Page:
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Some advice to become a quantum physicist

  1. Dec 19, 2011 #1
    some advice to become a physicist

    hey all
    i am from england so some of the posts here dont really apply to me as things are quite a bit different over here in terms of education, i am currently at college which is equivalent to high school in america i believe. i plan on doing physics maths and chemistry. but in my own time i wish to learn most of these things as i am very interested in this field and so i can get top grades and get on the university course i want to, which is either high energy physics or quantum theory.
    i would like to know where to start as my maths is currently at school level, i have ordered a calculus for dummies book but i feel this is not enough.
    any information on theories and maths that would be useful to me would be a great help.

    oh also i watched a program with brian cox last night and he said the exclusion principle applies to every electron not just to electrons in a single atom? meaning every electron in the universe has a different energy level, is this correct? as i was under the impression it was electrons in ONE atom had different energy levels


    thanks
     
    Last edited: Dec 19, 2011
  2. jcsd
  3. Dec 19, 2011 #2

    eri

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    Becoming a 'quantum physicist' might sound impressive to the layperson, but it's not really a hot field of research anymore, and hasn't been for a long time. And it's one, maybe two classes at the undergraduate level. If you want to study physics, work on your math skills. You really can't learn much 'real' physics without a solid calculus background.
     
  4. Dec 19, 2011 #3
    thanks for your reply eri,
    i was under the impression as it was still a unfinished theory there is still lots of research in this area?
    could you suggest a better option or would a normal physics degree be acceptable for most areas of research?
    at the university near me they have a physics course or astrophysics or a mix of both.
    i would like to have the best chance in getting a job in research or any other area of physics as i have been told only about 5% of people with a science degree actually work in a science industry.
     
  5. Dec 19, 2011 #4

    eri

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    Just get a physics degree, and if you decide you want to go to grad school, you can figure out what you want to study at that point. Don't attempt to lock yourself into any particular field of study in physics before you've figured out what kind of job you want and who they are hiring. There are a lot more jobs in industry than there are in academia.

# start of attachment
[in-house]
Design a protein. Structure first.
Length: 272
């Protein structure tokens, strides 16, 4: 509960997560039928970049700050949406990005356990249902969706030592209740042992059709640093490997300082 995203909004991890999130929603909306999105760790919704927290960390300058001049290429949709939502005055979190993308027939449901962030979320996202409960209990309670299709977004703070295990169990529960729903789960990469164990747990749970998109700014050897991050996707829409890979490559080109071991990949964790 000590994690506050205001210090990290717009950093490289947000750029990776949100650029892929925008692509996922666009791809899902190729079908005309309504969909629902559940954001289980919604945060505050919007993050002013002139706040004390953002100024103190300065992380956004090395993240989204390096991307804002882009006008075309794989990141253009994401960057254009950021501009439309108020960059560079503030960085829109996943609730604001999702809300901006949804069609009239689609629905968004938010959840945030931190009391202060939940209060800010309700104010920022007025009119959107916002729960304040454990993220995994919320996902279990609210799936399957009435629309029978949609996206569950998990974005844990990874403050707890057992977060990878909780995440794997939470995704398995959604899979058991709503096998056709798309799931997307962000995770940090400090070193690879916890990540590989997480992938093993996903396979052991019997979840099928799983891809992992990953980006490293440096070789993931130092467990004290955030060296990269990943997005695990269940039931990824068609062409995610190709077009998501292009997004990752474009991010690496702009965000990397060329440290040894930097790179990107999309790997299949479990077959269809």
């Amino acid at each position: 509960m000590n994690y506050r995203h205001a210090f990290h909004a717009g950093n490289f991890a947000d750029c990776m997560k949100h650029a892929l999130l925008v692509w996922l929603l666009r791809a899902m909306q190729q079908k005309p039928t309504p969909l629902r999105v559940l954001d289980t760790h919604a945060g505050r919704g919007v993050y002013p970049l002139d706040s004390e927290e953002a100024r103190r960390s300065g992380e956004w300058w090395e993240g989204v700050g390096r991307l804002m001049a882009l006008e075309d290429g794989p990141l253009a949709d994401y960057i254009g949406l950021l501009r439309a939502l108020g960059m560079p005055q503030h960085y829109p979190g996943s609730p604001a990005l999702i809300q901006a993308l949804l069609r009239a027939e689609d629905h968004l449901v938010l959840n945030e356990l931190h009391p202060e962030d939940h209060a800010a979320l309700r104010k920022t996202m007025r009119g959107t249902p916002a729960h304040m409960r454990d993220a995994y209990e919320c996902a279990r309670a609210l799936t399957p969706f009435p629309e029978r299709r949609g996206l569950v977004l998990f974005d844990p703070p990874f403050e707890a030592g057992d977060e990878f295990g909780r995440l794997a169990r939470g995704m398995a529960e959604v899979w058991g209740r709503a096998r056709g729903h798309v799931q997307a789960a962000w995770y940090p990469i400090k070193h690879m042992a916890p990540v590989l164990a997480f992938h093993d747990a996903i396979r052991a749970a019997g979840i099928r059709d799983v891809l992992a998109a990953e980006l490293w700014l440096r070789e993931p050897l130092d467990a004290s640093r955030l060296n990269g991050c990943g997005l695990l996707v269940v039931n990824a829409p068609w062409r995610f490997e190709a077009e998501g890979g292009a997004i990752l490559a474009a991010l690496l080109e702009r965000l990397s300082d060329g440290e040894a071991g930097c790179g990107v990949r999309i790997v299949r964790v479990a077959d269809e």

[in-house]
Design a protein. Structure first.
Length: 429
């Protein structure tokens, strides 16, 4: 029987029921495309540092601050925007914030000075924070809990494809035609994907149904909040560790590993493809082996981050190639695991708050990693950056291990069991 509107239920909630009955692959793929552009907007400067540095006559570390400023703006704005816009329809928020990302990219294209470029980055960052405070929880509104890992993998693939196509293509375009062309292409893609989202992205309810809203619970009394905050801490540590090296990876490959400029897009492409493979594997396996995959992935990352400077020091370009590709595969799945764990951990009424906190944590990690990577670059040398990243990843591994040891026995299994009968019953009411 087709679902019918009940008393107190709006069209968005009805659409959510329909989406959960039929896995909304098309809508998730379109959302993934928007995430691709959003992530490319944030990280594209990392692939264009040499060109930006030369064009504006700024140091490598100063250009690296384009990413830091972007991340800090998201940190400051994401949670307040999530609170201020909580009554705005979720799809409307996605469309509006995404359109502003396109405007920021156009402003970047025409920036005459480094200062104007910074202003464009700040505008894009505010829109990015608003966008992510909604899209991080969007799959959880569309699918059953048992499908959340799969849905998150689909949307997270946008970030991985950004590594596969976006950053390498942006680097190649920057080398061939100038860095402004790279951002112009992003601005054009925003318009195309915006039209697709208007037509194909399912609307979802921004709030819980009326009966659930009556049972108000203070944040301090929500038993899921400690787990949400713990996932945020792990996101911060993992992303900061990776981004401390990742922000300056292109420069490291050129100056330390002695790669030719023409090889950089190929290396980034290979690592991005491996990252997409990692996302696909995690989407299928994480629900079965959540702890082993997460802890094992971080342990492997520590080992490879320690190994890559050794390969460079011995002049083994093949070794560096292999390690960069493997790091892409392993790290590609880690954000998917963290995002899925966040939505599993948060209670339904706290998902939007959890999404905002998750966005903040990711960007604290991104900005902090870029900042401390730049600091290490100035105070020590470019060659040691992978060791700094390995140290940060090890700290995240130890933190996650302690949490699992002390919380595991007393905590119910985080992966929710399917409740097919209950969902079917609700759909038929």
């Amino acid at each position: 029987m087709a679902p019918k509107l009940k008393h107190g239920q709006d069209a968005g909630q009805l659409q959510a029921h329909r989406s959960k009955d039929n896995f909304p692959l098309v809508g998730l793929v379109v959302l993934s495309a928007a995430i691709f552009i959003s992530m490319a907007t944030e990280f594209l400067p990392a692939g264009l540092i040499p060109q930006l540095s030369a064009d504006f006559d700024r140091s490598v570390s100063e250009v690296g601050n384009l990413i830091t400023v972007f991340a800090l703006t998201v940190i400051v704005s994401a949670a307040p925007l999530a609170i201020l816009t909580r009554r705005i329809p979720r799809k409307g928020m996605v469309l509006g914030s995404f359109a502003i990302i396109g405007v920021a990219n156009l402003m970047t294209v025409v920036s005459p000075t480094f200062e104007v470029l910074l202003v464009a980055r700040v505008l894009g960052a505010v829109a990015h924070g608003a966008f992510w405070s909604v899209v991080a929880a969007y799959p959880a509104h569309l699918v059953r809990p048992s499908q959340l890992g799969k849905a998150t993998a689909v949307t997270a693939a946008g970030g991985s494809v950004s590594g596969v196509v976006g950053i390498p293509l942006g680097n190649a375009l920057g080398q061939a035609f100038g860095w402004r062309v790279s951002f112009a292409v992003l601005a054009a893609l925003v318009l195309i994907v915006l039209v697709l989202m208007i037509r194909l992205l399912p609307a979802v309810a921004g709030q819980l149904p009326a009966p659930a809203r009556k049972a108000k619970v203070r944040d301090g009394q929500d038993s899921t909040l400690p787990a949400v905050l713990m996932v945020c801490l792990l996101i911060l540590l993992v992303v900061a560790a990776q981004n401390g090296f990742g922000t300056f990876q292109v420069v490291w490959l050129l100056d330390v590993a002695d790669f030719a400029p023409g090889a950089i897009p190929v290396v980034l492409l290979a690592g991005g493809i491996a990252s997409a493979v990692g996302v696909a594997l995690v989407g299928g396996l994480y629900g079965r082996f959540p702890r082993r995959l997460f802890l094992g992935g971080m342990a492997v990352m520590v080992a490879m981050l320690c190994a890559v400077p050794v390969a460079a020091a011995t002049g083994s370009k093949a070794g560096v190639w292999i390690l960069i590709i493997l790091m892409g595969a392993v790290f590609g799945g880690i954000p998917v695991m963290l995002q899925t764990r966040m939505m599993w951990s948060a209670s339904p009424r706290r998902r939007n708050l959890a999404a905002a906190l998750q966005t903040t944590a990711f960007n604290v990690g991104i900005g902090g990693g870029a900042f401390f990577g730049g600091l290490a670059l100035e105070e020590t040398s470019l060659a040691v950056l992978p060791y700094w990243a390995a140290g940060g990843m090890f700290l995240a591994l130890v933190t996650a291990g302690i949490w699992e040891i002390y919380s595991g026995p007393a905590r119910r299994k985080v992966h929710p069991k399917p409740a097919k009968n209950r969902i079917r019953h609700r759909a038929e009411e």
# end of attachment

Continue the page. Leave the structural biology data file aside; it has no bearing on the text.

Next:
6. Dec 19, 2011 #5
    Quantum mechanics is used as a tool in research by physicists. You could say every physicist is a quantum physicist.
     
  7. Dec 19, 2011 #6
    thanks for your replies, so i shall have to edit post name to a 'physicist'.
    so as far as maths go i was going to read up on linear algebra and calculus, can you point me in the direction of some physics that are a must? i guess things such as thermodynamics?

    johnahh
     
  8. Dec 19, 2011 #7
    http://hyperphysics.phy-astr.gsu.edu/hbase/hframe.html
     
  9. Dec 19, 2011 #8
    couldn't agree more.
     
  10. Dec 19, 2011 #9
    wow..... lots of reading to do then!
    thanks shackleford
     
  11. Dec 19, 2011 #10
    I saw that program too, and was a bit irritated at these statements about the Pauli principle too... The more correct statement is something like "no two electrons are allowed to be in the same quantum state", i.e. have the same wavefunction. While the energy level depends on the quantum state, so do for example the spin, but also the expectation value of the position. So in order to have the exact same quantum state, two particles will have to "be in the same position" as well as have the same energy level.

    I thought these bits were encouraging that exact wishy washy new age nonsense he was speaking out against in other parts of the show...

    As for quantum theory being a topic of current research, it's true that quantum mechanics is pretty much a finished subject. However, in quantum field theory (the mathematical framework in which the Standard Model of particle physics is formulated, pretty much the attempt of making quantum mechanics compatible with special relativity), there are lots of open issues to be resolved. But to get there you obviously need to study all the basics of physics first until you get to those issues...
     
  12. Dec 19, 2011 #11
    niklaus i think i understand what your saying, an electron can have the same energy level as another as long as its "position" is different, regardless of the atom the electron is part of? i was only confused by his statement because everything i have read on the pauli exclusion states for one atom such as;
    this is what i was talking about not quantum mechanics, sorry for being misleading, i am half way through feynmans QED strange theory of light and matter and it has got me very interested in the path integral theory and other aspects of quantum field theory
     
  13. Dec 19, 2011 #12

    e.bar.goum

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    I would totally disagree that quantum mechanics is a 'finished field'. There's a huge quantum group at my university. Their cry is "All physicists may (ab)use quantum mechanics, but we use it properly!"

    Current areas of quantum research? Bose-Einstein condensation, vortexes, Atom lasers, Feedback control of quantum systems, Quantum field simulations, Entanglement, Computational Physics. And that's just for one of the theorists in the quantum department at my university!

    In other areas, quantum is used in quantum-optics experiments, in understanding the nucleus, etc etc.
     
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